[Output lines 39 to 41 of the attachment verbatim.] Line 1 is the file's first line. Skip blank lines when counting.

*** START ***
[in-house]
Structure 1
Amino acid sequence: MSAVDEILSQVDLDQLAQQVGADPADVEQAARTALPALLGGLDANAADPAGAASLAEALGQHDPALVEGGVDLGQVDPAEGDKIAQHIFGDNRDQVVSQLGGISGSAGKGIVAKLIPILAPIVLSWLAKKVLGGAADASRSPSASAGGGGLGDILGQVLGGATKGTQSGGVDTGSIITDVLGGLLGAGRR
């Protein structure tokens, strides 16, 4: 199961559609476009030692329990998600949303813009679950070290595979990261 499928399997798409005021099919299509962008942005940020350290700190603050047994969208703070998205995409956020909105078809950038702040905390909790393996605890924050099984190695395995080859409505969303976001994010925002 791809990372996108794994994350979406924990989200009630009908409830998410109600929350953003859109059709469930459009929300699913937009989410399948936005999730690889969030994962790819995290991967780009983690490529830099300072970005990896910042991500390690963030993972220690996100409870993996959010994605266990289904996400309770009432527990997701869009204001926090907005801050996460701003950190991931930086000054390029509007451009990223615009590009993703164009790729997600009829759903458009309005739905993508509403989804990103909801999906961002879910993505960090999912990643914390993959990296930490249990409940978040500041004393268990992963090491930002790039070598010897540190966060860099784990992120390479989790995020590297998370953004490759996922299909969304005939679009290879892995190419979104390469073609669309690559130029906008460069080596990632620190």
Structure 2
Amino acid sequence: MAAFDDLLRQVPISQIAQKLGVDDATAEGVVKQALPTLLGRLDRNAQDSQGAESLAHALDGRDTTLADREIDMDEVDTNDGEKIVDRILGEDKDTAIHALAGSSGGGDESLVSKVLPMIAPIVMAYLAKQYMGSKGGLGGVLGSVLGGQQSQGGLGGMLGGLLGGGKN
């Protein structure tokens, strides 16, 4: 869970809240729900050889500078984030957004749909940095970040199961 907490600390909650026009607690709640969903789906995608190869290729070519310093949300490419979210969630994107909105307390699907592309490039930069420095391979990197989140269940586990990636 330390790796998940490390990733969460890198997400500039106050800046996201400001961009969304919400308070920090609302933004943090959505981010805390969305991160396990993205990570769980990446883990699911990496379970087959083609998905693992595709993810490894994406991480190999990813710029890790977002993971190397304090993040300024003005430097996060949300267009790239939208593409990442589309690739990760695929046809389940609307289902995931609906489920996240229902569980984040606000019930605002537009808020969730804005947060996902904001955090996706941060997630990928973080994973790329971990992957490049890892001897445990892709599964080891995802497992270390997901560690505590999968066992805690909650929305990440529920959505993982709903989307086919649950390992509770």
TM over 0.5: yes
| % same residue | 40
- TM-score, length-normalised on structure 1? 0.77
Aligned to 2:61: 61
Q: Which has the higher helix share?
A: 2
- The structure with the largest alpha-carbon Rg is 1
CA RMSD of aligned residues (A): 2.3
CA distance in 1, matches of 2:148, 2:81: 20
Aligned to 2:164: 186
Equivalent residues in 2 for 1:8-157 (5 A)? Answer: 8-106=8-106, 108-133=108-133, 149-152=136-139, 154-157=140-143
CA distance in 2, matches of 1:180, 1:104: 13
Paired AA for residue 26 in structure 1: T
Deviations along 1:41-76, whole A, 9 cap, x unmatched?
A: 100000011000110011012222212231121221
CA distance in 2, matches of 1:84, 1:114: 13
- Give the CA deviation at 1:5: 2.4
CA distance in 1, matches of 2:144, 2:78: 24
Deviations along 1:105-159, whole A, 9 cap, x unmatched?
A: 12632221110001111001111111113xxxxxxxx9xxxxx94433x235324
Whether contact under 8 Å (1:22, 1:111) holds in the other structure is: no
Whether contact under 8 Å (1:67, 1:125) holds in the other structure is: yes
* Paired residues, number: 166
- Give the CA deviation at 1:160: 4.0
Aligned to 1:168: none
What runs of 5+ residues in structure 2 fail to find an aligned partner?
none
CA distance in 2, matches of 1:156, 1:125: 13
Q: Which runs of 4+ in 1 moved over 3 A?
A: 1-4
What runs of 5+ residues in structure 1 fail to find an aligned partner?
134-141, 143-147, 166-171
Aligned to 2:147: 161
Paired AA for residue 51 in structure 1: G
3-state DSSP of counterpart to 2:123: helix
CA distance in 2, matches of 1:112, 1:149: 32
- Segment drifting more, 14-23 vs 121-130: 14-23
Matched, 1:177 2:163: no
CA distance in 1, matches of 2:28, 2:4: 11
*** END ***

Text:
134-141, 143-147, 166-171
Aligned to 2:147: 161
Paired AA for residue 51 in structure 1: G